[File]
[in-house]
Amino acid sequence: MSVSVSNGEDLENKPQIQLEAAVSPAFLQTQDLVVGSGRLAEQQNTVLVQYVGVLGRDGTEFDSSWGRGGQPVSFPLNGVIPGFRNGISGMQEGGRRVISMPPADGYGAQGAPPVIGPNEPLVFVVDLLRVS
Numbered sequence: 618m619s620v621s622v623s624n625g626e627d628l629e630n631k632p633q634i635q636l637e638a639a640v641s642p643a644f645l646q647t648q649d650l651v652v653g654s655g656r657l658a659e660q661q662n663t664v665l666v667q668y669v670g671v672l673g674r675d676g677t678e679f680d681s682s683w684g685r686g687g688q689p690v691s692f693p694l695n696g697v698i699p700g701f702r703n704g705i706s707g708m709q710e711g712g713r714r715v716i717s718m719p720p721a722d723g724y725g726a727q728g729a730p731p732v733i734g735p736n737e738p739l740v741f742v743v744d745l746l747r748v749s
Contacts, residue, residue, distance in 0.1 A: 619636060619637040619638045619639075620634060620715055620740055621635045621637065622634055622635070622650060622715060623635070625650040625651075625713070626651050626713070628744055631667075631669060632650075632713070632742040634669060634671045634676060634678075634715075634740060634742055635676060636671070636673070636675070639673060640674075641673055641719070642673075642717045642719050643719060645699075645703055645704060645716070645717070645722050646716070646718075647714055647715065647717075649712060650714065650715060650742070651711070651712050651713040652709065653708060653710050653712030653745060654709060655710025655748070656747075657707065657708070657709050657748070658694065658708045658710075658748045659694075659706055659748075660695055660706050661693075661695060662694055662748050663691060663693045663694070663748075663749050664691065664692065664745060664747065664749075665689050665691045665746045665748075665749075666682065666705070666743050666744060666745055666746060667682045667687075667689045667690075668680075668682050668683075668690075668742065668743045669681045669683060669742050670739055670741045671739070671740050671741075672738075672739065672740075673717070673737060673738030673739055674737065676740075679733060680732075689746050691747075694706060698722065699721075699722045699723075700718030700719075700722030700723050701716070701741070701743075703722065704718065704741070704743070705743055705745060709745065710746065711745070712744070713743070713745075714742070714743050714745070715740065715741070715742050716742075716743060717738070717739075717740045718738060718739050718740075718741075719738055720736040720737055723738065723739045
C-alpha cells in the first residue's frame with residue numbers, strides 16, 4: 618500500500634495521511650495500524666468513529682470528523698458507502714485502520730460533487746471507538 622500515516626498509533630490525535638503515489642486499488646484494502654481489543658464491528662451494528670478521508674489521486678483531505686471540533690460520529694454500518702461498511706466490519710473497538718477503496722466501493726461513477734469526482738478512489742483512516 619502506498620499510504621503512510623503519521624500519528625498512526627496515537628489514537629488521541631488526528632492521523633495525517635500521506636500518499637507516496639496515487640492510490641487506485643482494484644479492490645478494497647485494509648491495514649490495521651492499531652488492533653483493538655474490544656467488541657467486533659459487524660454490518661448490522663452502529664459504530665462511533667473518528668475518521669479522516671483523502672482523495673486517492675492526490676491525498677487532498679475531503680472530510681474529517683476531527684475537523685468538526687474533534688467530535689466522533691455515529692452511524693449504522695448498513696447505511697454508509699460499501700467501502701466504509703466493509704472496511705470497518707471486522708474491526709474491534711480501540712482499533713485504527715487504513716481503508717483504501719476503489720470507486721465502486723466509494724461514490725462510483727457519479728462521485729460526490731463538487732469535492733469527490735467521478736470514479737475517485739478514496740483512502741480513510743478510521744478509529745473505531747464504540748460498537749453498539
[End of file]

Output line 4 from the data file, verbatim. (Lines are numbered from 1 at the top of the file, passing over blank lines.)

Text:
Contacts, residue, residue, distance in 0.1 A: 619636060619637040619638045619639075620634060620715055620740055621635045621637065622634055622635070622650060622715060623635070625650040625651075625713070626651050626713070628744055631667075631669060632650075632713070632742040634669060634671045634676060634678075634715075634740060634742055635676060636671070636673070636675070639673060640674075641673055641719070642673075642717045642719050643719060645699075645703055645704060645716070645717070645722050646716070646718075647714055647715065647717075649712060650714065650715060650742070651711070651712050651713040652709065653708060653710050653712030653745060654709060655710025655748070656747075657707065657708070657709050657748070658694065658708045658710075658748045659694075659706055659748075660695055660706050661693075661695060662694055662748050663691060663693045663694070663748075663749050664691065664692065664745060664747065664749075665689050665691045665746045665748075665749075666682065666705070666743050666744060666745055666746060667682045667687075667689045667690075668680075668682050668683075668690075668742065668743045669681045669683060669742050670739055670741045671739070671740050671741075672738075672739065672740075673717070673737060673738030673739055674737065676740075679733060680732075689746050691747075694706060698722065699721075699722045699723075700718030700719075700722030700723050701716070701741070701743075703722065704718065704741070704743070705743055705745060709745065710746065711745070712744070713743070713745075714742070714743050714745070715740065715741070715742050716742075716743060717738070717739075717740045718738060718739050718740075718741075719738055720736040720737055723738065723739045